Temperature rising? Beat the summer heat
Extremely hot weather is more than a topic for conversation. It can be a topic for concern.
Every year, hundreds of people die because of extreme heat. That might not come as a surprise—heat waves get a lot of media coverage, no matter where they happen. But here's something you might not know: Heat kills more people than hurricanes, floods, tornadoes and lightning combined.
What makes heat so dangerous? Well, for some people it's hard to escape. Landscapers, construction workers, roofers and others have to work outdoors in all kinds of temperatures. And some people don't have access to air-conditioning at home.
Heat can make you sick in a number of ways:
Heat rash. This is most common in young children. It appears as a cluster of pimples or blisters. They often pop up on the neck and upper chest, in the groin, under the breasts and in elbow creases.
Heat cramps. Heat cramps are often the first sign that your body is struggling with the heat. They usually occur when you're working hard and sweating a lot. You may get muscle pains or spasms, often in the abdomen, arms or legs.
Heat exhaustion. This typically happens to people who are exercising or working hard in the heat. If you sweat excessively, your body may lose too much salt and water, causing symptoms like weakness, cramps and fainting.
Heatstroke. Your body usually cools itself by sweating. But during heatstroke, a rapid rise in body temperature causes your sweating mechanism to break down. You might have red, hot and dry skin and a rapid pulse, among other symptoms.
Heatstroke can be fatal, so you need to get medical help fast. For other heat illnesses, get help if your symptoms are severe or long-lasting. Otherwise, you'll likely feel better if you get to a cooler place, rest and drink fluids.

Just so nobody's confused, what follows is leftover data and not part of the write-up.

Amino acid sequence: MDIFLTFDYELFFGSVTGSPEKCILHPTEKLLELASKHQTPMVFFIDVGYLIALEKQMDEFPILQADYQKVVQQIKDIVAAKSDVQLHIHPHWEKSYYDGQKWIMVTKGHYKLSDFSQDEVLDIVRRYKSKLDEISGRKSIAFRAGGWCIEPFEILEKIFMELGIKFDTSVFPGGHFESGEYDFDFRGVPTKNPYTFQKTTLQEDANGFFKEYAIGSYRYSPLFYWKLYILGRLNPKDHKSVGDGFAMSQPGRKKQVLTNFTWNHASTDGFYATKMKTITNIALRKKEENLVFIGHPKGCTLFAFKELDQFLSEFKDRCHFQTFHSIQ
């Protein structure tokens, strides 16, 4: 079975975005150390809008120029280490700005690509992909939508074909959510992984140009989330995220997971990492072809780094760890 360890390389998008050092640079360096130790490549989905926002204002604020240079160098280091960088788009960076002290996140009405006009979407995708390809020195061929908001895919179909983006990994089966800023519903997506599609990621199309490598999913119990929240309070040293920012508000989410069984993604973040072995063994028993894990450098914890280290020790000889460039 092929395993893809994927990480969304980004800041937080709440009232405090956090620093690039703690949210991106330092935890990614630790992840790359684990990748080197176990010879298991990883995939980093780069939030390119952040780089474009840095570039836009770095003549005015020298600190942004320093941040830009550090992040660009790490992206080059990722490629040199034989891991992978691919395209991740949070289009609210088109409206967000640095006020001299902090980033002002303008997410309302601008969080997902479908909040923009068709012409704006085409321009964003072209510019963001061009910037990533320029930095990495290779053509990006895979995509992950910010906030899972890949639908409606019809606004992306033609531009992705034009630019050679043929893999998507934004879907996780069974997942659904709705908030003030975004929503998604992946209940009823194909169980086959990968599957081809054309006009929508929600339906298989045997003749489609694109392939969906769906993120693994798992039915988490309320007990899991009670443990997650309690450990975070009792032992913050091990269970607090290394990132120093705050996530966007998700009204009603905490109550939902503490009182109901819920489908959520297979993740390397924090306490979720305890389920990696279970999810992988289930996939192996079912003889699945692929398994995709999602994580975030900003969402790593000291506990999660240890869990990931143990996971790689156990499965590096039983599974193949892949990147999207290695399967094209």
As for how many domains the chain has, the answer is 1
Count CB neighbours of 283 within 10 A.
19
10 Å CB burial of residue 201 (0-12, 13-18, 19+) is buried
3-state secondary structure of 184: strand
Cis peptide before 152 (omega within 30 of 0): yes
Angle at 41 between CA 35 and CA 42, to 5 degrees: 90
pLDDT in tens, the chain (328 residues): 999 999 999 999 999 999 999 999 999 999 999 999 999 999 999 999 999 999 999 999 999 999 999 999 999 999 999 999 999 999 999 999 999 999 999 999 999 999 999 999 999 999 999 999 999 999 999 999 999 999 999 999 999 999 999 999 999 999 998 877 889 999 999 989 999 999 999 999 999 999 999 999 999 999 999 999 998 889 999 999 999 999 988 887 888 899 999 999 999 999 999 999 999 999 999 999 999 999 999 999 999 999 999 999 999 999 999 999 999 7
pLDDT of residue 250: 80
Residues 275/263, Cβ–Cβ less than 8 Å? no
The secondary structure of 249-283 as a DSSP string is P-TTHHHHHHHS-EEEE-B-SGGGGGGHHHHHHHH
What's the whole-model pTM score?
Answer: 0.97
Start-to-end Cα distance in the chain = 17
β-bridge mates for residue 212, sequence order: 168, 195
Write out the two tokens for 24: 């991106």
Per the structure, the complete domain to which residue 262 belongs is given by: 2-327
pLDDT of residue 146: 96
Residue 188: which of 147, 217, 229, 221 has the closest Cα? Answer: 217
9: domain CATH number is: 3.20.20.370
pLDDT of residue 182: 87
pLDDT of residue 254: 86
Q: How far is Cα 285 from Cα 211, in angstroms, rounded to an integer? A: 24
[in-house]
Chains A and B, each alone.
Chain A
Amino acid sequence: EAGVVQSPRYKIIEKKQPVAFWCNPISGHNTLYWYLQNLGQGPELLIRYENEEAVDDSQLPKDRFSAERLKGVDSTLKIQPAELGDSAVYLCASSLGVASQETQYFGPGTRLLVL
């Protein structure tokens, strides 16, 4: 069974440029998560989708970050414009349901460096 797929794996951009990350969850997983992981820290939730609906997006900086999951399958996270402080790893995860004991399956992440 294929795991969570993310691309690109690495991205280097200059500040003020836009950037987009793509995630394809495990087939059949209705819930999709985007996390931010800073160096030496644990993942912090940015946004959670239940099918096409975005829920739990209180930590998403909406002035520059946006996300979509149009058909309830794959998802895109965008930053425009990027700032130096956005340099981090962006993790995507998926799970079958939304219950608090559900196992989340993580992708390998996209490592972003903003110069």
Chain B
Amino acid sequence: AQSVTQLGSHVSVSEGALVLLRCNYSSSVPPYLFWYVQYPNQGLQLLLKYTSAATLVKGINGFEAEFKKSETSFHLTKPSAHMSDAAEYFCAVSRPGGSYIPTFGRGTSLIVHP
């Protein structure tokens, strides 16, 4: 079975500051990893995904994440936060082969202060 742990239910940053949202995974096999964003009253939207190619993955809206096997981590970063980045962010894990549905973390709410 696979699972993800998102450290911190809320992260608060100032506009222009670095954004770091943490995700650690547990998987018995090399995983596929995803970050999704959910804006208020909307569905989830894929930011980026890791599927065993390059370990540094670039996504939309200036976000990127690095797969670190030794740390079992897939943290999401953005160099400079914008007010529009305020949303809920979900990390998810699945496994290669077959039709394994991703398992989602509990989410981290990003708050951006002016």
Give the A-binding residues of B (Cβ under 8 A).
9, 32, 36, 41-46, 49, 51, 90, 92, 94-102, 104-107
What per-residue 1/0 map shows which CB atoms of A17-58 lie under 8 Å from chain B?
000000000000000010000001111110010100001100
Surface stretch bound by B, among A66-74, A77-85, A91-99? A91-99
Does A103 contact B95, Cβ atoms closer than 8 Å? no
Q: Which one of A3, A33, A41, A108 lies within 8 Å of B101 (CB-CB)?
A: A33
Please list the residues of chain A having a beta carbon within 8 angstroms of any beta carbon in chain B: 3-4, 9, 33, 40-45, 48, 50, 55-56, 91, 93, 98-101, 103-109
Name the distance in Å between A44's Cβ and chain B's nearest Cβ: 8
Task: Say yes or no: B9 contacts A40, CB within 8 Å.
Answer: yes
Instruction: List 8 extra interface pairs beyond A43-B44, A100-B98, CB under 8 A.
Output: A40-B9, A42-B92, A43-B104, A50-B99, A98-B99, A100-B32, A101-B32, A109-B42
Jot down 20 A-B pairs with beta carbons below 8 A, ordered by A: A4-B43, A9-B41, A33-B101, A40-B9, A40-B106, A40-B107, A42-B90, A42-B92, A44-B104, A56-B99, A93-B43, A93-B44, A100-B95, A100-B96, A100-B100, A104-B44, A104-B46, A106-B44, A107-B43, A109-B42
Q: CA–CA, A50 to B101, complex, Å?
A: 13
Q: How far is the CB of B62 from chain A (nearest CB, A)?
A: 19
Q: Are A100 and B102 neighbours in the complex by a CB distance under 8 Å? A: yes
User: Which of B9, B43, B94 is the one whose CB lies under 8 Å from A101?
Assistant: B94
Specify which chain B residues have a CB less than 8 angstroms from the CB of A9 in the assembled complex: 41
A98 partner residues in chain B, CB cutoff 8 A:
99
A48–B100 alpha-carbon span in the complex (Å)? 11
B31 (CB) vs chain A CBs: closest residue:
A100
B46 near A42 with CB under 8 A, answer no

10 hot tips for staying cool
Of course, it's always better to prevent heat illness in the first place. To keep your cool this summer, try these tips:
- If you don't have air conditioning at home, seek out places like libraries and malls during the hottest parts of the day.
- If you must go outside, limit activity to morning and evening hours, when temperatures are cooler.
- Wear lightweight, light-colored and loose-fitting clothing—indoors and out.
- Add a wide-brimmed hat, sunglasses and sunscreen when you go outside.
- Drink up! Choose cool, nonalcoholic, low-sugar beverages. Water is great. But sports drinks can be good too if you exercise heavily and aren't on a salt-restricted diet.
- Carry water with you. If you freeze a bottle overnight, you can have ice-cold water at your side whenever you need it.
- Avoid hot foods and heavy meals.
- Chill out with a cool shower or bath.
- Never leave children or pets in cars, even with windows cracked open.
- If you know an older person who lives alone, check on that person twice a day during heat waves.
A delicious bonus
Water isn't the only way to stay hydrated. Many of your favorite foods are water-rich treats. So fill up on fruits and veggies like:
Keep it chill with a kiwi spritzer
Looking for lovely summer sip? How about making this Strawberry-Kiwi Spritzer?